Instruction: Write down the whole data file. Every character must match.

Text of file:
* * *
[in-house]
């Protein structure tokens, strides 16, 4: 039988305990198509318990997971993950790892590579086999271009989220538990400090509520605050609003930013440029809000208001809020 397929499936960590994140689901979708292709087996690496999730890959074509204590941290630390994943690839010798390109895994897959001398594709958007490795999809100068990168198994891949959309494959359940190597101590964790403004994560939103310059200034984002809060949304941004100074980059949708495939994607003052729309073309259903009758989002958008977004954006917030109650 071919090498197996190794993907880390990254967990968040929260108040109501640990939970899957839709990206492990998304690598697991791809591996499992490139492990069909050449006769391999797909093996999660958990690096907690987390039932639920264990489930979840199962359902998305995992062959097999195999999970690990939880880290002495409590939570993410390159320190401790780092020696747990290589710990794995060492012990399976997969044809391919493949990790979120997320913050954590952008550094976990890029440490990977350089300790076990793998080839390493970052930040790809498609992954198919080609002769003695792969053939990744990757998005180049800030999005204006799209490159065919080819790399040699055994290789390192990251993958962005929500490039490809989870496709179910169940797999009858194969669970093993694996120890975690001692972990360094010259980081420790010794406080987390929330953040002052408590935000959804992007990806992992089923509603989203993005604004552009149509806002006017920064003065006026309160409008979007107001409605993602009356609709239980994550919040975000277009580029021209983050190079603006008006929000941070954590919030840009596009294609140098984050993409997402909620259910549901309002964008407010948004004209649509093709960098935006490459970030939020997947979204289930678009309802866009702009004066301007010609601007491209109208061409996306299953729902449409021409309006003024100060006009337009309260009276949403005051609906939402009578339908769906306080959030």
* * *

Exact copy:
[in-house]
């Protein structure tokens, strides 16, 4: 039988305990198509318990997971993950790892590579086999271009989220538990400090509520605050609003930013440029809000208001809020 397929499936960590994140689901979708292709087996690496999730890959074509204590941290630390994943690839010798390109895994897959001398594709958007490795999809100068990168198994891949959309494959359940190597101590964790403004994560939103310059200034984002809060949304941004100074980059949708495939994607003052729309073309259903009758989002958008977004954006917030109650 071919090498197996190794993907880390990254967990968040929260108040109501640990939970899957839709990206492990998304690598697991791809591996499992490139492990069909050449006769391999797909093996999660958990690096907690987390039932639920264990489930979840199962359902998305995992062959097999195999999970690990939880880290002495409590939570993410390159320190401790780092020696747990290589710990794995060492012990399976997969044809391919493949990790979120997320913050954590952008550094976990890029440490990977350089300790076990793998080839390493970052930040790809498609992954198919080609002769003695792969053939990744990757998005180049800030999005204006799209490159065919080819790399040699055994290789390192990251993958962005929500490039490809989870496709179910169940797999009858194969669970093993694996120890975690001692972990360094010259980081420790010794406080987390929330953040002052408590935000959804992007990806992992089923509603989203993005604004552009149509806002006017920064003065006026309160409008979007107001409605993602009356609709239980994550919040975000277009580029021209983050190079603006008006929000941070954590919030840009596009294609140098984050993409997402909620259910549901309002964008407010948004004209649509093709960098935006490459970030939020997947979204289930678009309802866009702009004066301007010609601007491209109208061409996306299953729902449409021409309006003024100060006009337009309260009276949403005051609906939402009578339908769906306080959030």